Its taste for “occulted communication” aside, Sonata for Jukebox is sharply argued on the question of how recording technology has changed human experience. Gone is the whole world of small merchants (“barely a moment ago, it must have been just before the world war, music was still a matter of sheet music to be played on the piano in the parlor, an immense boon for publishers, copyists, rack-jobbers, song pluggers, piano players, piano teachers, and piano tuners”); that distinctly local arrangement (“If you wanted to hear mountain music you went to the mountains”) has been replaced with a globalist consumer paradise: “Free now to drop in anywhere unannounced, we listen in their secret fastnesses to Tibetan lamas or Moroccan jajouka musicians or the throat singers of Tuva.”

At this point in the narrative, the Fab Four appear as a kind of relief from the book’s unrelenting eclecticism. The Beatles were, in their utter freshness, a liberating force, but also a consolidating one. “Having walked into the theater as a solitary observer with more or less random musical tastes,” Mr. O’Brien writes of seeing A Hard Day’s Night as a teenager, “I came out as a member of a generation.” What comes next in the story, of course, are the hazy-crazy, guerrillas-in-the-midst 60’s, when all you needed was your Penguin Freud, some blotter and a friend’s mom’s vacant classic eight on the Upper West Side to have a good time. Here the narrative is most lush, as Mr. O’Brien captures perfectly the longing and anticipation of being young. (I won’t give it away, but one long digression-about a fragile young beauty on the fringes of Mr. O’Brien’s social circle and the rock star who befriends her-is particularly satisfying.)

Mr. O’Brien’s talent for drawing out a string of associations from a piece of music is impressive, though occasionally it gets the better of him. From writing about himself, he lapses into the second-person singular, an impersonal, vaguely contemptuous “you”: “Since you had long since gotten used to hearing canned versions of Bob Marley and Talking Heads en route to the yogurt or the breakfast links, it was not hard to accept the ersatz as ultimate authenticity.”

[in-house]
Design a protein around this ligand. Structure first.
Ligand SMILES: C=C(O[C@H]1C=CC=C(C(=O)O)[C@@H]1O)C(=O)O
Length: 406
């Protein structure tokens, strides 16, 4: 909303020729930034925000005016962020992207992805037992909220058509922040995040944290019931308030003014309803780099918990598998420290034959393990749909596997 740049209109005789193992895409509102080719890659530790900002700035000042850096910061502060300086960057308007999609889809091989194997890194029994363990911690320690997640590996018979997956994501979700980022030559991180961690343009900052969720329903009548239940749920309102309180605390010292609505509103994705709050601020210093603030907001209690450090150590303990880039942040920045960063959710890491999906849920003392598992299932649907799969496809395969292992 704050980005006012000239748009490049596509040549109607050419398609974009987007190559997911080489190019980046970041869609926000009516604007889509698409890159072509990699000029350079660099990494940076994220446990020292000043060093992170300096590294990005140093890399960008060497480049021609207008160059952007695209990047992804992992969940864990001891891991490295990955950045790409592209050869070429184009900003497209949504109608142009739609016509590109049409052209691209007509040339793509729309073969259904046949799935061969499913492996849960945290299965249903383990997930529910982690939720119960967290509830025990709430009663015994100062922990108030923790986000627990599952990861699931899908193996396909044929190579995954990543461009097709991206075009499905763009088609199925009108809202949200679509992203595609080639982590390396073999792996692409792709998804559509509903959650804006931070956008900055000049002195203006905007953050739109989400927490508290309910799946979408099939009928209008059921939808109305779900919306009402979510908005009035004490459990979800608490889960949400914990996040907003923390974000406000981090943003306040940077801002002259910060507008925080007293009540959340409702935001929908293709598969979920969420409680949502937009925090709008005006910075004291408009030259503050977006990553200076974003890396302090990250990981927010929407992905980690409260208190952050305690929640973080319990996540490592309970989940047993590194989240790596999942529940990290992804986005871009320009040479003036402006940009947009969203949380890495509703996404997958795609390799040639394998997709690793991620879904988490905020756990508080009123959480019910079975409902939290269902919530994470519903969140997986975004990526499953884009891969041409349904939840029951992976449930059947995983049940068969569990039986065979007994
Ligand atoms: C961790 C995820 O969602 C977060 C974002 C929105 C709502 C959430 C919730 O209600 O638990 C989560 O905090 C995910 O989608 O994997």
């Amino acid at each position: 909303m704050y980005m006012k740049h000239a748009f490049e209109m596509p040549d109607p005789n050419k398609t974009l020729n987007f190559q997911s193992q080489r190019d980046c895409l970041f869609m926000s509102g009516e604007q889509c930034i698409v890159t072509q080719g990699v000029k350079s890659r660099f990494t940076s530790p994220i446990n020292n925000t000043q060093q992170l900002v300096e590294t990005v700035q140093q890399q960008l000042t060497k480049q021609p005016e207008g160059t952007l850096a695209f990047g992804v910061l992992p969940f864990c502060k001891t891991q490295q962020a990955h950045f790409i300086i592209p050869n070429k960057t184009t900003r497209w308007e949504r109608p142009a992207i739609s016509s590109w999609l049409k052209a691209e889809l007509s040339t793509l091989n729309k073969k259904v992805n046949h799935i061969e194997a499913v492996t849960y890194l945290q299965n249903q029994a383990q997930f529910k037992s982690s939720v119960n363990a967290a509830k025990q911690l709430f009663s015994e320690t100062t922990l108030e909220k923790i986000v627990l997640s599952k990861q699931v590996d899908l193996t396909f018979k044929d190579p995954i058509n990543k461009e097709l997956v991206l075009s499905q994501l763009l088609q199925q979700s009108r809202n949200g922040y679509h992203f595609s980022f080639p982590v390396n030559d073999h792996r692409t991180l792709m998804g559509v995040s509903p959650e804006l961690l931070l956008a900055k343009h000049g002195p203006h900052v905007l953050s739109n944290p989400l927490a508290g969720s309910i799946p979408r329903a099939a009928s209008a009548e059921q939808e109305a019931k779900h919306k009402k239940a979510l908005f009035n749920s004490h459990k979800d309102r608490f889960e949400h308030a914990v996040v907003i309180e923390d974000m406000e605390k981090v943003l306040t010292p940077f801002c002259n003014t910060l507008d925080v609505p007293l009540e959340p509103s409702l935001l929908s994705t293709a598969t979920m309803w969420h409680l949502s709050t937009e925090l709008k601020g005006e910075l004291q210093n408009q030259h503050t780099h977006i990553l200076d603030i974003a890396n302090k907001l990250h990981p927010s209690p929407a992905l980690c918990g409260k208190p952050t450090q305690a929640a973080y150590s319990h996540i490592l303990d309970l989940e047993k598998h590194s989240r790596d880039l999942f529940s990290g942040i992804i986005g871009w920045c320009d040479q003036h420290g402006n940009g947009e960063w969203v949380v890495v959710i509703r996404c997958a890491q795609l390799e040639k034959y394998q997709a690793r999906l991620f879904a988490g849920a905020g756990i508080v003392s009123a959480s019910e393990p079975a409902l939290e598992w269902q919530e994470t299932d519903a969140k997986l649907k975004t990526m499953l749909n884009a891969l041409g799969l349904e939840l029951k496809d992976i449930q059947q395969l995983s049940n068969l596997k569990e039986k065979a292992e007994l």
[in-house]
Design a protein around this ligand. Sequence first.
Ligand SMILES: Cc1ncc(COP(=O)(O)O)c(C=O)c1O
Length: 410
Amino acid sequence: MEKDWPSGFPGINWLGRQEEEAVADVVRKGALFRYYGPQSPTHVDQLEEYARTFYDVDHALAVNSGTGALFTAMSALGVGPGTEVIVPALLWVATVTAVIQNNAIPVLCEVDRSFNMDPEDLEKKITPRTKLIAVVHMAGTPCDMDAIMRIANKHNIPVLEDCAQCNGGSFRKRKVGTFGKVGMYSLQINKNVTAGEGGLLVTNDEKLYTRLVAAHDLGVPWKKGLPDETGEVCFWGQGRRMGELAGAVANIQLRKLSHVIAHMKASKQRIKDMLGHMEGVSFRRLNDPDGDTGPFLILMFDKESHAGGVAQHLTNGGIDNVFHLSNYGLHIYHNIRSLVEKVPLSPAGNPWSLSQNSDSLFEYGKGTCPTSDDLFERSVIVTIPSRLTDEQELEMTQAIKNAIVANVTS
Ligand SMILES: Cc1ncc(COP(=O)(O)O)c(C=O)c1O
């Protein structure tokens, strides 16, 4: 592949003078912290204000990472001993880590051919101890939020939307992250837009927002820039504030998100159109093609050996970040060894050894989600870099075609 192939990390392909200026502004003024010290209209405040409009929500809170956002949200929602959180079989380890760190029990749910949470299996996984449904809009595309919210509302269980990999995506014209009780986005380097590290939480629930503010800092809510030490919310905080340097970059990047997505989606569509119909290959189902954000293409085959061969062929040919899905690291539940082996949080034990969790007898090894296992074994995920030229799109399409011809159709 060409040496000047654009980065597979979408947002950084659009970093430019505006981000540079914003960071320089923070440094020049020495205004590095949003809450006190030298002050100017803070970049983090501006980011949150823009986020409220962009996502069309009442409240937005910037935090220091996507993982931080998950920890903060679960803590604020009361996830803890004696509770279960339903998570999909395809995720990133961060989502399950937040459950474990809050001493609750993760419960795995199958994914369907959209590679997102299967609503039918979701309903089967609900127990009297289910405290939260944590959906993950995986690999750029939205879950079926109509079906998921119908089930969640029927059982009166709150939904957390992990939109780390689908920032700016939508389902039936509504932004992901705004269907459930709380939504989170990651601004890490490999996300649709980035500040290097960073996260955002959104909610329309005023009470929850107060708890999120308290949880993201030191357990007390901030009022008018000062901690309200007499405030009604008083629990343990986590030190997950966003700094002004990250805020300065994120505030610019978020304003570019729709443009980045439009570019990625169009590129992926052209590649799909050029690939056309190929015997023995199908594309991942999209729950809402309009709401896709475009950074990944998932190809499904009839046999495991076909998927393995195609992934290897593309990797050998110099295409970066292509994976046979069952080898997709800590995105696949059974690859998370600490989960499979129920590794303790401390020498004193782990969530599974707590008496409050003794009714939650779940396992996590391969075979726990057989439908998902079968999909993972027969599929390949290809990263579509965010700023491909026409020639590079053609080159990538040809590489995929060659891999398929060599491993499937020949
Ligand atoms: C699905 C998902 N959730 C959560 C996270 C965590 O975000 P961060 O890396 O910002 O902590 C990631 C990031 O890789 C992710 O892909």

This is a wildly original and at times peculiar book, provocative and deeply felt throughout. In the final chapters, when the author is trolling the dial of “the musical unconscious, the sound of auditory residue, this radio station that will not permit itself to be turned off,” the prose becomes relentlessly incantatory; some sections read less like criticism or autobiography than the transcript of a Vulcan mind-meld gone wrong: “For a moment the names are on the table. Then, suddenly, like a pocket turned inside out, they are removed. Nothing refers to anything anymore. The warehouse is indistinguishable space. No songs have lyrics. Or they have lyrics like blank walls. I’m alone forever. The sun is on the lagoon. Welcome to the ice palace.” Faced with this sort of passage, one recalls an earlier, wistful aside. “How nice it would be,” Mr. O’Brien mused, “to clear away the mass of history and personal association and simply hear the records for the notes and words.”

Stephen Metcalf reviews books regularly for The Observer.

Wading Into the Aural Tide: Pop and the Examined Life